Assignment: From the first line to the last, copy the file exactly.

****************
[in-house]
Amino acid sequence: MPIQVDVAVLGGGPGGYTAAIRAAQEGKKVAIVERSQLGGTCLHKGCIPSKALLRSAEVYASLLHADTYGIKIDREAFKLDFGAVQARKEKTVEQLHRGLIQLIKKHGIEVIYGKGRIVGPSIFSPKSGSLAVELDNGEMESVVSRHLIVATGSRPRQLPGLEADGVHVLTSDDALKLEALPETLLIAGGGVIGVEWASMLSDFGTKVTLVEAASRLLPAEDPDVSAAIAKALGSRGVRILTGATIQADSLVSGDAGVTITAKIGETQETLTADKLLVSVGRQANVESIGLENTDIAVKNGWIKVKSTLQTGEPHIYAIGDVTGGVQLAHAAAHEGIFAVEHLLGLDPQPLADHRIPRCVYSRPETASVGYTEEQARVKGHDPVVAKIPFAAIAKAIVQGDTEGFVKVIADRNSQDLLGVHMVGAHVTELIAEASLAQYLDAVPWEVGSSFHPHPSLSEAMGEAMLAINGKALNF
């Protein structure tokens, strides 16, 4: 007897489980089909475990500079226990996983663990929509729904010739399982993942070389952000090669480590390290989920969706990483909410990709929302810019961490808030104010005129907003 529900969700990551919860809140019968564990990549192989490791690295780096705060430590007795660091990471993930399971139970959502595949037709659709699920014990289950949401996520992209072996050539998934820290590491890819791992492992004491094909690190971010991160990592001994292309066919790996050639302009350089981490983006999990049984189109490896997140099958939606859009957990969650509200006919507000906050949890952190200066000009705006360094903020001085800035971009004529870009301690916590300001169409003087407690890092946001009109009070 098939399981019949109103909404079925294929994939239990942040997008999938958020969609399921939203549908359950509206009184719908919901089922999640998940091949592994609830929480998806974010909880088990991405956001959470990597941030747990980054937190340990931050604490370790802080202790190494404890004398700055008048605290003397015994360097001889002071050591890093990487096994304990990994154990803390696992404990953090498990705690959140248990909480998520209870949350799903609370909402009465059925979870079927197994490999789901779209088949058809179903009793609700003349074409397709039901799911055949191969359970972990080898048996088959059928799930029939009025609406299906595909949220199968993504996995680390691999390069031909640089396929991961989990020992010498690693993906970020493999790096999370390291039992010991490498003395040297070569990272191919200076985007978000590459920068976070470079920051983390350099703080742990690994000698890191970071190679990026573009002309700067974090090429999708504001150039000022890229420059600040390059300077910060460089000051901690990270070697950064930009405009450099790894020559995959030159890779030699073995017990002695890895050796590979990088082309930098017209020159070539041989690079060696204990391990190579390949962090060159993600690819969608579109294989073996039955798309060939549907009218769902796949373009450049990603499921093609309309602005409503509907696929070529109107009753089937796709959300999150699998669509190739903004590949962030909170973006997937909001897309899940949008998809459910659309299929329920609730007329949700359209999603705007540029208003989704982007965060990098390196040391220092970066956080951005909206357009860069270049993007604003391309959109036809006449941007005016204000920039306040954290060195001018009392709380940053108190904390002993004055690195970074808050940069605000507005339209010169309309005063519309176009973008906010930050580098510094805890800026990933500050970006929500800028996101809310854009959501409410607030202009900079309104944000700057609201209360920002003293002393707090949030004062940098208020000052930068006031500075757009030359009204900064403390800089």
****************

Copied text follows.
[in-house]
Amino acid sequence: MPIQVDVAVLGGGPGGYTAAIRAAQEGKKVAIVERSQLGGTCLHKGCIPSKALLRSAEVYASLLHADTYGIKIDREAFKLDFGAVQARKEKTVEQLHRGLIQLIKKHGIEVIYGKGRIVGPSIFSPKSGSLAVELDNGEMESVVSRHLIVATGSRPRQLPGLEADGVHVLTSDDALKLEALPETLLIAGGGVIGVEWASMLSDFGTKVTLVEAASRLLPAEDPDVSAAIAKALGSRGVRILTGATIQADSLVSGDAGVTITAKIGETQETLTADKLLVSVGRQANVESIGLENTDIAVKNGWIKVKSTLQTGEPHIYAIGDVTGGVQLAHAAAHEGIFAVEHLLGLDPQPLADHRIPRCVYSRPETASVGYTEEQARVKGHDPVVAKIPFAAIAKAIVQGDTEGFVKVIADRNSQDLLGVHMVGAHVTELIAEASLAQYLDAVPWEVGSSFHPHPSLSEAMGEAMLAINGKALNF
């Protein structure tokens, strides 16, 4: 007897489980089909475990500079226990996983663990929509729904010739399982993942070389952000090669480590390290989920969706990483909410990709929302810019961490808030104010005129907003 529900969700990551919860809140019968564990990549192989490791690295780096705060430590007795660091990471993930399971139970959502595949037709659709699920014990289950949401996520992209072996050539998934820290590491890819791992492992004491094909690190971010991160990592001994292309066919790996050639302009350089981490983006999990049984189109490896997140099958939606859009957990969650509200006919507000906050949890952190200066000009705006360094903020001085800035971009004529870009301690916590300001169409003087407690890092946001009109009070 098939399981019949109103909404079925294929994939239990942040997008999938958020969609399921939203549908359950509206009184719908919901089922999640998940091949592994609830929480998806974010909880088990991405956001959470990597941030747990980054937190340990931050604490370790802080202790190494404890004398700055008048605290003397015994360097001889002071050591890093990487096994304990990994154990803390696992404990953090498990705690959140248990909480998520209870949350799903609370909402009465059925979870079927197994490999789901779209088949058809179903009793609700003349074409397709039901799911055949191969359970972990080898048996088959059928799930029939009025609406299906595909949220199968993504996995680390691999390069031909640089396929991961989990020992010498690693993906970020493999790096999370390291039992010991490498003395040297070569990272191919200076985007978000590459920068976070470079920051983390350099703080742990690994000698890191970071190679990026573009002309700067974090090429999708504001150039000022890229420059600040390059300077910060460089000051901690990270070697950064930009405009450099790894020559995959030159890779030699073995017990002695890895050796590979990088082309930098017209020159070539041989690079060696204990391990190579390949962090060159993600690819969608579109294989073996039955798309060939549907009218769902796949373009450049990603499921093609309309602005409503509907696929070529109107009753089937796709959300999150699998669509190739903004590949962030909170973006997937909001897309899940949008998809459910659309299929329920609730007329949700359209999603705007540029208003989704982007965060990098390196040391220092970066956080951005909206357009860069270049993007604003391309959109036809006449941007005016204000920039306040954290060195001018009392709380940053108190904390002993004055690195970074808050940069605000507005339209010169309309005063519309176009973008906010930050580098510094805890800026990933500050970006929500800028996101809310854009959501409410607030202009900079309104944000700057609201209360920002003293002393707090949030004062940098208020000052930068006031500075757009030359009204900064403390800089």